Distinct differences in tone, mood and theme, divide Song 17 into 3 parts: verses 1 to 8, 9 to 14, and the final verse, 15.
Each of the first 8 verses centres upon imagery of the body: v. 1, ear and lips
v. 2, face and eyes
v. 3, heart and mouth
v. 4, lips
v. 5, feet
v. 6, ear
v. 7, hand
v. 8, eye
The singer’s argument is that his “guileless lips” (v. 10, his mouth that has not transgressed, have guarded his feet from stumbling (v. 5); his surety comes both from his having followed God’s dictates and from knowing that, accordingly, he will be found righteous by God. Indeed, as he declares in verse 8, God will
Guard me like the pupil of the eye;
in the shadow of Your wings hide me....
His certainty in his own rectitude and his belief that God will see in him only “what is right” (v. 2) leads him to –somewhat audaciously– direct God to hear his pleas and prayers and to show him “steadfast love” (v. 7).
The consistent image pattern of bodily organs emphasizes the likeness the singer wishes to create between himself and God; the singer’s lips are guileless because they imitate God’s by echoing the words of God’s lips (v. 4). Thus his body acts as a mirror to God, Who, beholding the singer, sees God’s image.
With verse 9, the tone and theme of the song darken. The reason the singer has asked for God’s shelter in the preceding verses is explained: his enemies surround him just as would a lion ambush its prey. The imagery of verses 9 to 14 is opposite, in intent and mood, to that of verses 1 to 8. The singer’s enemies are described as savage beasts; powerful, arrogant and brutal:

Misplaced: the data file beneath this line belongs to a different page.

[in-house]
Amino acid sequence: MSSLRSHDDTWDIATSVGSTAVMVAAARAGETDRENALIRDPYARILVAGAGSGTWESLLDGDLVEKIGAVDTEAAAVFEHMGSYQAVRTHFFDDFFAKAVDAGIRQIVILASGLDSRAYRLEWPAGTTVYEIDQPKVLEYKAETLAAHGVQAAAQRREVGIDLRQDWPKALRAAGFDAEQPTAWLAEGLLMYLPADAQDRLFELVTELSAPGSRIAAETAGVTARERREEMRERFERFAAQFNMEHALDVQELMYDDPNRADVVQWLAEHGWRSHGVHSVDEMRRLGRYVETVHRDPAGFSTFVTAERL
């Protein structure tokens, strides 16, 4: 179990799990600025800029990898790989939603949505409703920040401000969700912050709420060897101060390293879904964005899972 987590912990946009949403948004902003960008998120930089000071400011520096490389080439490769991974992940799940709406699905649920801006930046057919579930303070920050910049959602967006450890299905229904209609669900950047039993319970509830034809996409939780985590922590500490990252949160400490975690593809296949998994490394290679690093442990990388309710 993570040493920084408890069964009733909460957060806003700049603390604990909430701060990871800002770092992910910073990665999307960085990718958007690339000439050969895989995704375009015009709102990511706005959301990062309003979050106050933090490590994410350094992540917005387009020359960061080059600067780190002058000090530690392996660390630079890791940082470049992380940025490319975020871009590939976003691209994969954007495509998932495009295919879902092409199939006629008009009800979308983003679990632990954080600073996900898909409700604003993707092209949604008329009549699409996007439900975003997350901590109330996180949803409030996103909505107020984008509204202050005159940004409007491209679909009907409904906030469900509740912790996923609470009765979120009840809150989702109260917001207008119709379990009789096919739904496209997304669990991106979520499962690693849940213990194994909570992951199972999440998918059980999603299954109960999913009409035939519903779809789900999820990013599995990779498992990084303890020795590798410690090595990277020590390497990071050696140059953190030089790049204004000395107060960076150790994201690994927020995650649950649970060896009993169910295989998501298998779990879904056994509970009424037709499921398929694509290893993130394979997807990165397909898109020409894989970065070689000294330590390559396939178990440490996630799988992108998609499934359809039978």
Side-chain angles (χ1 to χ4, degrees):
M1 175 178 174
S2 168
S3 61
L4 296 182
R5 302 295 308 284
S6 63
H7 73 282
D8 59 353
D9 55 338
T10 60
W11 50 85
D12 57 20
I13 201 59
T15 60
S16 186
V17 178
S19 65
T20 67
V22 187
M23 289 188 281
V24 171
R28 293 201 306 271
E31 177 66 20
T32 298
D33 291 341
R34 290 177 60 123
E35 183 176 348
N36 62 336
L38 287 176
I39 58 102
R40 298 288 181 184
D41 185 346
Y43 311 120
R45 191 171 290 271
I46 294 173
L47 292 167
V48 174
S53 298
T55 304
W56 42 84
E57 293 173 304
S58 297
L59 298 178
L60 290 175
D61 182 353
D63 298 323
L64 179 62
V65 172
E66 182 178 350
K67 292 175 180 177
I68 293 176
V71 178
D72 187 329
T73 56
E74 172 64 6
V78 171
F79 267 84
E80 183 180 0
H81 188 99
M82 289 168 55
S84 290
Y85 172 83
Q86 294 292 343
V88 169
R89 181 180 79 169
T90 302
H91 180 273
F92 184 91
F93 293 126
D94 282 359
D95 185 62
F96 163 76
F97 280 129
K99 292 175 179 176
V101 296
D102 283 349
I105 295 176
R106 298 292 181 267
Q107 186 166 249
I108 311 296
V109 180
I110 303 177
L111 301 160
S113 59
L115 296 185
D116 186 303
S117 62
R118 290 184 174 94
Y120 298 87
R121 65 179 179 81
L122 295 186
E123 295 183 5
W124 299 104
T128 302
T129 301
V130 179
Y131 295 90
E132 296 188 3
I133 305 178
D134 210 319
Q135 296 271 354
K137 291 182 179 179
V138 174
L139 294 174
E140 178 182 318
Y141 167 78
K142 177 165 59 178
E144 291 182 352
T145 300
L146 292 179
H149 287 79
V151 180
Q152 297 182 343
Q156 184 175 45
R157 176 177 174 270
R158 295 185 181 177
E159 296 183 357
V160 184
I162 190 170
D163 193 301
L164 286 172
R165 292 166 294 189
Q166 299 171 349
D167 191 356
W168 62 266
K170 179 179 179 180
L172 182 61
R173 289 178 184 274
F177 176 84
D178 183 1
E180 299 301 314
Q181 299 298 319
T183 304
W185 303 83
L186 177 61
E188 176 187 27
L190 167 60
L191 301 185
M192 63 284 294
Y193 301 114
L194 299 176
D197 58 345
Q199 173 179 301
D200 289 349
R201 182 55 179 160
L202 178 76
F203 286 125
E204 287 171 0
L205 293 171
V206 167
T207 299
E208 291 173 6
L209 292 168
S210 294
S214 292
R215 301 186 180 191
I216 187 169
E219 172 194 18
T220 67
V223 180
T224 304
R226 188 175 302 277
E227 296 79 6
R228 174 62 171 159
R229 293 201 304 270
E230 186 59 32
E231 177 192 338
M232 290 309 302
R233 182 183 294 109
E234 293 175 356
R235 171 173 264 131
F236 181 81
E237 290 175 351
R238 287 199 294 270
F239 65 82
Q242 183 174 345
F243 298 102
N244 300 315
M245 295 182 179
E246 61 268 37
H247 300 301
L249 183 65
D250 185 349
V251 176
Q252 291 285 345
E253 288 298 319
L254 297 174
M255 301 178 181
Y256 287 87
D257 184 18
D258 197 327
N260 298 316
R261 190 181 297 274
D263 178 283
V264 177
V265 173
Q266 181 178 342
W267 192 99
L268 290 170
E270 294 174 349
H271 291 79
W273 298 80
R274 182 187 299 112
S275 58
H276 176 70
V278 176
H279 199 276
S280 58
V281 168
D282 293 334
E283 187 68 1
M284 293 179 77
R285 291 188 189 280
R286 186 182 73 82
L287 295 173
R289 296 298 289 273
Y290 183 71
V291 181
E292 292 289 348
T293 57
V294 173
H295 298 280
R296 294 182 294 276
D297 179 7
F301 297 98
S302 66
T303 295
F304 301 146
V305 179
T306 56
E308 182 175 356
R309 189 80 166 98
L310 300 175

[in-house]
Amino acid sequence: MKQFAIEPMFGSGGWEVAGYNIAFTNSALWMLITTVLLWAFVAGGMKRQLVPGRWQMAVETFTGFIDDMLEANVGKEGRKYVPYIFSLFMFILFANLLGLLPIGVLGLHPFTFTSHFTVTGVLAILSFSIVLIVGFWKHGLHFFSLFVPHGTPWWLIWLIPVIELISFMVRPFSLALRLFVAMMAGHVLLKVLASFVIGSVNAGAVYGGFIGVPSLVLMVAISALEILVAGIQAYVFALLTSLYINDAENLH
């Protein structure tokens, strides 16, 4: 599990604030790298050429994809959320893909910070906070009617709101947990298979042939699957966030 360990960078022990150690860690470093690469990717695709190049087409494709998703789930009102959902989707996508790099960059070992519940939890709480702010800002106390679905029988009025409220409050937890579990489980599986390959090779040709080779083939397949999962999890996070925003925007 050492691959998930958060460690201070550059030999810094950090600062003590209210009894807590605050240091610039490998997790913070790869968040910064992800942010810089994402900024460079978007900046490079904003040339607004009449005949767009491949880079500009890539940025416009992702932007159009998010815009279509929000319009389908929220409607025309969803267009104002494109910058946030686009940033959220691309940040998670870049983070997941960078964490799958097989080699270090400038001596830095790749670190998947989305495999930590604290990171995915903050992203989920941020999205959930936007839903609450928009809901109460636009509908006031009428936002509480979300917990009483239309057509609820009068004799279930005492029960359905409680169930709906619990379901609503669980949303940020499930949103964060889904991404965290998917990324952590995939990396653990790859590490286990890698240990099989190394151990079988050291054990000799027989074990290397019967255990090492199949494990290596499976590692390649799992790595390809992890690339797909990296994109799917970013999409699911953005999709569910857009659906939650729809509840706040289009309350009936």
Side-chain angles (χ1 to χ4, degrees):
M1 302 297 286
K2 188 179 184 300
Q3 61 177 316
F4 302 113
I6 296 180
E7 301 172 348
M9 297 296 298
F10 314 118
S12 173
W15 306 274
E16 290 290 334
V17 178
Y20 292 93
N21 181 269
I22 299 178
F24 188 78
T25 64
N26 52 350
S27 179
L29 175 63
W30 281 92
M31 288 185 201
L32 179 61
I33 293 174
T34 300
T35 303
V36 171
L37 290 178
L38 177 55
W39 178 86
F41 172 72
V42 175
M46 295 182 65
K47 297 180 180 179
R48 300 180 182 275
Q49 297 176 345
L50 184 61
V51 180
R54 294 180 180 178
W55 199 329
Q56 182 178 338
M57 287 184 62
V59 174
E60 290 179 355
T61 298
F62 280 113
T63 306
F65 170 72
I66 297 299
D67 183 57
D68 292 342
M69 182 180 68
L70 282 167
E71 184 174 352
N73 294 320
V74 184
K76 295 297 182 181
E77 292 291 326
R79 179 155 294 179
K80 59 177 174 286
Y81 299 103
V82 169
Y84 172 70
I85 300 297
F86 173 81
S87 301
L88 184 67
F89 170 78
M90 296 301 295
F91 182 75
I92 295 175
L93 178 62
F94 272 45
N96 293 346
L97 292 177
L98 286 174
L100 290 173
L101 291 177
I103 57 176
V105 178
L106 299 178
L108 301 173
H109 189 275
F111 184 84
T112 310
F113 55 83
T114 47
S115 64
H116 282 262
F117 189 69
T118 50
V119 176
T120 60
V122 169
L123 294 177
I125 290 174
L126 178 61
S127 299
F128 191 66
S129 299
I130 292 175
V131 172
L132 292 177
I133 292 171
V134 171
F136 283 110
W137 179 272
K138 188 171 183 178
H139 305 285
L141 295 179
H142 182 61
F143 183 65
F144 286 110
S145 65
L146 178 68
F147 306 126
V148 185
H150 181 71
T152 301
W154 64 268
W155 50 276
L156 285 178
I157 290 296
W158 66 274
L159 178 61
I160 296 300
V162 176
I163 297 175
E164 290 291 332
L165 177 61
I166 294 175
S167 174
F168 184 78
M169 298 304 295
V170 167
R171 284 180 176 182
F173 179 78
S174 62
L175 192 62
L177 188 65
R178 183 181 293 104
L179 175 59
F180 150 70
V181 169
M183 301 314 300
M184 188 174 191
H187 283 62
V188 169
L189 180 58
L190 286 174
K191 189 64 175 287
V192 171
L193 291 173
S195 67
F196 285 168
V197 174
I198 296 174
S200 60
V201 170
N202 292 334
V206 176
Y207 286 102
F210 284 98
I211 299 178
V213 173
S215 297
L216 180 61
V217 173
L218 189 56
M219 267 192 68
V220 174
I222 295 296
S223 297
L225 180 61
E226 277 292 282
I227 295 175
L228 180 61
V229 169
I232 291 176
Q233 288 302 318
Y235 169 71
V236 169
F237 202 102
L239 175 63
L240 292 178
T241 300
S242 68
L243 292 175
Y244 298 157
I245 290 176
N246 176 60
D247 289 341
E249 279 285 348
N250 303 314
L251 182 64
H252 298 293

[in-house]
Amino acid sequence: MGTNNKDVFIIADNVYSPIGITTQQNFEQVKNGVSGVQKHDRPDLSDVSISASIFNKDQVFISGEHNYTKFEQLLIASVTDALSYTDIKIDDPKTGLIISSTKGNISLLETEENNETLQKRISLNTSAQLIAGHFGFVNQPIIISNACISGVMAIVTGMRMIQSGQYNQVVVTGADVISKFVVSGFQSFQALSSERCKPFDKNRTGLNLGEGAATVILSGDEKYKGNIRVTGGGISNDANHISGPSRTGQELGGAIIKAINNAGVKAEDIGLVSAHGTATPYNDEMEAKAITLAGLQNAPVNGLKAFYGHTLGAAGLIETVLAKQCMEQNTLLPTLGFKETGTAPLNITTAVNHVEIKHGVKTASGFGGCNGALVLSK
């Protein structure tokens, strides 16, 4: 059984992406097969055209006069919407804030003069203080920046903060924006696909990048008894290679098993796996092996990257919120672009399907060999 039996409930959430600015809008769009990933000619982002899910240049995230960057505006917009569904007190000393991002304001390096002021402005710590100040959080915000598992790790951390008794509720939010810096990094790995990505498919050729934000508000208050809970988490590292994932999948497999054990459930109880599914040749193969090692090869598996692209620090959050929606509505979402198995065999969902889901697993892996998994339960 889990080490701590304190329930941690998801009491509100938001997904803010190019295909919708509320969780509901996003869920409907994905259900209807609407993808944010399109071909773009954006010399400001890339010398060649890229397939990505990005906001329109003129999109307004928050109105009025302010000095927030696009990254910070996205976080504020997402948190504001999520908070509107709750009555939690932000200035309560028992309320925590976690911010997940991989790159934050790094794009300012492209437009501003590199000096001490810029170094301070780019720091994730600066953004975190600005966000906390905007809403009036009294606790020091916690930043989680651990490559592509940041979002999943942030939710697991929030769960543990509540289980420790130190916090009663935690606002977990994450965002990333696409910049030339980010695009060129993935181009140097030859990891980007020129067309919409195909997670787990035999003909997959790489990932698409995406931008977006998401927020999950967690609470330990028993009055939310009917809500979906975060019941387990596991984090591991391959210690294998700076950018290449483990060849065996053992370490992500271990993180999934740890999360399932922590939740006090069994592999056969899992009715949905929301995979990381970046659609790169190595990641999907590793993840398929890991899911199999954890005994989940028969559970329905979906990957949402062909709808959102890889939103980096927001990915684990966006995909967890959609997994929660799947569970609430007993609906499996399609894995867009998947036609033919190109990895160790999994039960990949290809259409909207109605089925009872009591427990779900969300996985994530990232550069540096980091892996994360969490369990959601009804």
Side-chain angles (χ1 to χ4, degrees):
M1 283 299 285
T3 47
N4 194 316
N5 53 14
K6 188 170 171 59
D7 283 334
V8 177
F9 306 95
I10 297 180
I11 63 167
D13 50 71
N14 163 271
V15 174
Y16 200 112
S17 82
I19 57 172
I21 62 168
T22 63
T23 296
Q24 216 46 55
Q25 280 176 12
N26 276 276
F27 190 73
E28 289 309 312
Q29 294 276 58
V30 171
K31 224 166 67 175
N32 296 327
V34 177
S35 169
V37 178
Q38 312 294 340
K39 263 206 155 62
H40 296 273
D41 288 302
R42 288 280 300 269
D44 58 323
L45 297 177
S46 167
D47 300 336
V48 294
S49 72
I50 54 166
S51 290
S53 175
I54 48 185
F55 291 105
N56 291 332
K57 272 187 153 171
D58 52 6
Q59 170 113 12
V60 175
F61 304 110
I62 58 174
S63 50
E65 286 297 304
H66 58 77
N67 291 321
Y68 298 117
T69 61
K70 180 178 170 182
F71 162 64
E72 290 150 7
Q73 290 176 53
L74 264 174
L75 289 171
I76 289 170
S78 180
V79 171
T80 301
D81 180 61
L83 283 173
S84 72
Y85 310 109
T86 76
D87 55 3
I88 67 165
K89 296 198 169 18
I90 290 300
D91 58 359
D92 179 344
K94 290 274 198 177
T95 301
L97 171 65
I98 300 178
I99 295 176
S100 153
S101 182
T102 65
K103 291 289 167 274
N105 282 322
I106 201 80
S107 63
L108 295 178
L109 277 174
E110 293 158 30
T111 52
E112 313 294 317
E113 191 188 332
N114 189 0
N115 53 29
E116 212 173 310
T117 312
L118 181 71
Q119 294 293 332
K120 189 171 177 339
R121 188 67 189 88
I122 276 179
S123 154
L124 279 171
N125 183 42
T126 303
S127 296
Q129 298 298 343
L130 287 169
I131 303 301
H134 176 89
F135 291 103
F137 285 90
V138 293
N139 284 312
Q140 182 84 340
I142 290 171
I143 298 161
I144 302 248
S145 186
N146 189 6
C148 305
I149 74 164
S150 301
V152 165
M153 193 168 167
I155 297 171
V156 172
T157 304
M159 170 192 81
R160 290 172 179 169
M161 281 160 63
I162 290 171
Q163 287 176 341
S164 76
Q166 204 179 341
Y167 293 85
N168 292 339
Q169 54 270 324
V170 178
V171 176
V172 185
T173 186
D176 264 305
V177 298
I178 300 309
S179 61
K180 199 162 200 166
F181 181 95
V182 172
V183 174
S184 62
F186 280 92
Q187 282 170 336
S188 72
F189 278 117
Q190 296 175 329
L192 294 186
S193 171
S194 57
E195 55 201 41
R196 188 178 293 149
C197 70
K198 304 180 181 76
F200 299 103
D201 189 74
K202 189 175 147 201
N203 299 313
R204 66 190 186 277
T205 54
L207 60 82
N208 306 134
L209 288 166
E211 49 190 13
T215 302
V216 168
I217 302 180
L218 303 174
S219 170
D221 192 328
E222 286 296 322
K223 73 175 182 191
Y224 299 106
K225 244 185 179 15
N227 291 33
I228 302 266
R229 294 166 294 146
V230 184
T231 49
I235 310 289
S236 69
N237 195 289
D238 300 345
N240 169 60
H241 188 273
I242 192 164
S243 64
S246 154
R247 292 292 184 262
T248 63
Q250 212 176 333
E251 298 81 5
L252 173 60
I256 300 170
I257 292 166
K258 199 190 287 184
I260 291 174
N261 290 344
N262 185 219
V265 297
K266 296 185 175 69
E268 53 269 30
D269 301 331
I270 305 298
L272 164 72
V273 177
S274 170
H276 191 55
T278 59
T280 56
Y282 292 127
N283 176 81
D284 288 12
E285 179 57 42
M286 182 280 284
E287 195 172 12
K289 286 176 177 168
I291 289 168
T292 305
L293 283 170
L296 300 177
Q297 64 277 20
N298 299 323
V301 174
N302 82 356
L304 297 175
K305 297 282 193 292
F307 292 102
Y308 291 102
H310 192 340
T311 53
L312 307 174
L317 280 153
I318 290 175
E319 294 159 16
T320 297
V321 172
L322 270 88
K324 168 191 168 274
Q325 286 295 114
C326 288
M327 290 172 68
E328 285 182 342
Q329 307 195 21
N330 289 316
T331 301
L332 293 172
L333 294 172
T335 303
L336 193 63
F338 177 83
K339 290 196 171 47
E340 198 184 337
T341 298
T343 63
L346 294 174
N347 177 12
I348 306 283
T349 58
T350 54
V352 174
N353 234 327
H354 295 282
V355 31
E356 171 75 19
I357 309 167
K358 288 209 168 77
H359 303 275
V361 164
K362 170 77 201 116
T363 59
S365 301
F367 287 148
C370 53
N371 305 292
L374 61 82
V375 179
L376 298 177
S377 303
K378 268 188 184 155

They have fattened themselves over;
their mouths have spoken in arrogance.
Our steps they now have hemmed in;
they set their eyes roaming over the land.
(v. 10 – 11)
Their lips, fat with arrogance, contrast with those of the singer, whose prayers mouth the words of God; their eyes, “roaming over the land”, search for prey, in contrast to the eyes of God which seek out righteousness.
Asking God to shield him (v. 8), the singer feels himself protected by God’s care and closeness: God’s eyelids shut over him; God’s wings not only offer protection, they cast a shadow over the singer so that his presence is hidden from his assailants. So guarded and secured, the singer sends God forth as his warrior:
Rise, Adonai! Go forth to meet him.
Bring him down, save my soul from the
wicked by Your sword….
Verse 14 declares the singer’s victory: his enemies, by their perfidy, forfeit their share of life; whereas God’s “treasured ones” –and it is certain the singer considers himself among them– will, by their righteousness, ensure the prosperity and the future of their children.
Verse 15 is the final change in, indeed the resolution to, mood and theme. After great clamour, quietude:
As for me, justified, I will behold Your face;
awake, I shall be sated with the vision of You.
The purpose of the song’s imagery clarifies: in verses 1 to 8, the singer expects that his actions, his life, will be judged to be free of guile and shamefulness:
From before Your face my vindication
will issue forth; Your eyes will behold
what is right. (v. 2)
Verse 15 proclaims the singer to be “justified”, his righteousness has been established. In verse 2 it is God’s face that sees the singer; in verse 15 it is the singer who will, he imagines, with eyes fully opened, perceive the Face of God. His sustenance will be not only the words of God of the opening verses, but his entire being will be animated by his vision of God. Thus physicality, the substance of the song’s imagery, transforms into spiritual exultation.